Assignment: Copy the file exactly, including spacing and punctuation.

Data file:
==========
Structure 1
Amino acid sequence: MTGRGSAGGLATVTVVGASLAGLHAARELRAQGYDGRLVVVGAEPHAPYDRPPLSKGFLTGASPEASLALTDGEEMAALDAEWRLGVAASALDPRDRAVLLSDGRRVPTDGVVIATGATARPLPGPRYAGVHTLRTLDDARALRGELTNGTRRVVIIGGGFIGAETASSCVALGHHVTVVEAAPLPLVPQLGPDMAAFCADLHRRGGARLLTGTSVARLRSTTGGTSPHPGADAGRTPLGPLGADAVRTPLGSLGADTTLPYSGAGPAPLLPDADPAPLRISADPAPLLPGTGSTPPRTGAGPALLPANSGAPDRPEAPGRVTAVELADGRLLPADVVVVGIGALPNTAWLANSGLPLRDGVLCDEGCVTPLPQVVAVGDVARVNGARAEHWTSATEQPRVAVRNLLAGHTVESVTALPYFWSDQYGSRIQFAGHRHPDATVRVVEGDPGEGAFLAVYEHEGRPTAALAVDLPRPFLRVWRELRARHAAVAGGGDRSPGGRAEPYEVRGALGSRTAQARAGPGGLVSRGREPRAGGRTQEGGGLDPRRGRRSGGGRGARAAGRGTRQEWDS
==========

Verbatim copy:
Structure 1
Amino acid sequence: MTGRGSAGGLATVTVVGASLAGLHAARELRAQGYDGRLVVVGAEPHAPYDRPPLSKGFLTGASPEASLALTDGEEMAALDAEWRLGVAASALDPRDRAVLLSDGRRVPTDGVVIATGATARPLPGPRYAGVHTLRTLDDARALRGELTNGTRRVVIIGGGFIGAETASSCVALGHHVTVVEAAPLPLVPQLGPDMAAFCADLHRRGGARLLTGTSVARLRSTTGGTSPHPGADAGRTPLGPLGADAVRTPLGSLGADTTLPYSGAGPAPLLPDADPAPLRISADPAPLLPGTGSTPPRTGAGPALLPANSGAPDRPEAPGRVTAVELADGRLLPADVVVVGIGALPNTAWLANSGLPLRDGVLCDEGCVTPLPQVVAVGDVARVNGARAEHWTSATEQPRVAVRNLLAGHTVESVTALPYFWSDQYGSRIQFAGHRHPDATVRVVEGDPGEGAFLAVYEHEGRPTAALAVDLPRPFLRVWRELRARHAAVAGGGDRSPGGRAEPYEVRGALGSRTAQARAGPGGLVSRGREPRAGGRTQEGGGLDPRRGRRSGGGRGARAAGRGTRQEWDS